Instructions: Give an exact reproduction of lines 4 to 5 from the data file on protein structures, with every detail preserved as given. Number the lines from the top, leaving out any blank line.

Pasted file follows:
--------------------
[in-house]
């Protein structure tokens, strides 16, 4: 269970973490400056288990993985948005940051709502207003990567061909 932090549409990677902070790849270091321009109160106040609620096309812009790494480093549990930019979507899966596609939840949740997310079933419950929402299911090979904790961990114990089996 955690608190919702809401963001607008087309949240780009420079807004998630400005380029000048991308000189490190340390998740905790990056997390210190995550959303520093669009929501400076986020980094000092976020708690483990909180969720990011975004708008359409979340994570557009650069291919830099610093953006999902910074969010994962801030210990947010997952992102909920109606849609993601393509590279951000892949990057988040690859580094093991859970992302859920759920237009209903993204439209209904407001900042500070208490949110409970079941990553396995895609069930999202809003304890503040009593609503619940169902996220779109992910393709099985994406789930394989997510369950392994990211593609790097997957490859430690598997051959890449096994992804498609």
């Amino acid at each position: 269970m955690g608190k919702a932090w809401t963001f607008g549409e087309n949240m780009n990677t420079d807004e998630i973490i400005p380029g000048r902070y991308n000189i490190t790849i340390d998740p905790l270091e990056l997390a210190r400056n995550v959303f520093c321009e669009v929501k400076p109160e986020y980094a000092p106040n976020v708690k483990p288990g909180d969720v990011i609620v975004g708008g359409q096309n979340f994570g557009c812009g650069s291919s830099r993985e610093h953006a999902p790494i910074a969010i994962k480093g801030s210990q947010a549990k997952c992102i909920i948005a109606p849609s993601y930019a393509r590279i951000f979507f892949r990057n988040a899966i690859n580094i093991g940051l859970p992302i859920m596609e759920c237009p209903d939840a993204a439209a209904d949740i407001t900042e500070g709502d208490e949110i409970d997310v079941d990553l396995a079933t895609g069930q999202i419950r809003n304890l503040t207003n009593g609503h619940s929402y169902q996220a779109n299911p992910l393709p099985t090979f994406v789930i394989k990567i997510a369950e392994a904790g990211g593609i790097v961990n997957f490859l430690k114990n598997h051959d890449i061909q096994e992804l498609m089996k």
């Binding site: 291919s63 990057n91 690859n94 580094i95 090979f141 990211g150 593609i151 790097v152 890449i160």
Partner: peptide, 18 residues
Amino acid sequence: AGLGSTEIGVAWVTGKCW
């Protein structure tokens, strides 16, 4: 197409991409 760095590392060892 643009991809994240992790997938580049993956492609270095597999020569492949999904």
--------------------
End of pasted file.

């Binding site: 291919s63 990057n91 690859n94 580094i95 090979f141 990211g150 593609i151 790097v152 890449i160």
Partner: peptide, 18 residues